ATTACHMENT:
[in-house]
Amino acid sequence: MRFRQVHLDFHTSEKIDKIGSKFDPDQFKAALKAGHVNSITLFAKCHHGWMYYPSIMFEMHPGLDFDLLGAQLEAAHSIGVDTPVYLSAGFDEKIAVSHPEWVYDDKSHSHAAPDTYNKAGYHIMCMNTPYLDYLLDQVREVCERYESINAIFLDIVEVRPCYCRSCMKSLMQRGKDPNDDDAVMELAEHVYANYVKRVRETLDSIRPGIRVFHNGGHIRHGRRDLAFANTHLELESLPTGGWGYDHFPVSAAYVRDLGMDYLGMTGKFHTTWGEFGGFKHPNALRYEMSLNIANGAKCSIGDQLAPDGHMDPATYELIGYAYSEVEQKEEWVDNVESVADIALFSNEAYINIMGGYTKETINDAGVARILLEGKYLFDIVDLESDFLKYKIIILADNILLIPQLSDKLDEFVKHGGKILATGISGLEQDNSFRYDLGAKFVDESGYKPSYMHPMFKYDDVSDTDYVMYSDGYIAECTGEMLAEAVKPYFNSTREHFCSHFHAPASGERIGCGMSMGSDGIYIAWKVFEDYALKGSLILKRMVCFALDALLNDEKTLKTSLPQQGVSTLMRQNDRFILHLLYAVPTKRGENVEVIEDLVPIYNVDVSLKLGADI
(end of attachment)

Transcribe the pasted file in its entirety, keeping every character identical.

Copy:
[in-house]
Amino acid sequence: MRFRQVHLDFHTSEKIDKIGSKFDPDQFKAALKAGHVNSITLFAKCHHGWMYYPSIMFEMHPGLDFDLLGAQLEAAHSIGVDTPVYLSAGFDEKIAVSHPEWVYDDKSHSHAAPDTYNKAGYHIMCMNTPYLDYLLDQVREVCERYESINAIFLDIVEVRPCYCRSCMKSLMQRGKDPNDDDAVMELAEHVYANYVKRVRETLDSIRPGIRVFHNGGHIRHGRRDLAFANTHLELESLPTGGWGYDHFPVSAAYVRDLGMDYLGMTGKFHTTWGEFGGFKHPNALRYEMSLNIANGAKCSIGDQLAPDGHMDPATYELIGYAYSEVEQKEEWVDNVESVADIALFSNEAYINIMGGYTKETINDAGVARILLEGKYLFDIVDLESDFLKYKIIILADNILLIPQLSDKLDEFVKHGGKILATGISGLEQDNSFRYDLGAKFVDESGYKPSYMHPMFKYDDVSDTDYVMYSDGYIAECTGEMLAEAVKPYFNSTREHFCSHFHAPASGERIGCGMSMGSDGIYIAWKVFEDYALKGSLILKRMVCFALDALLNDEKTLKTSLPQQGVSTLMRQNDRFILHLLYAVPTKRGENVEVIEDLVPIYNVDVSLKLGADI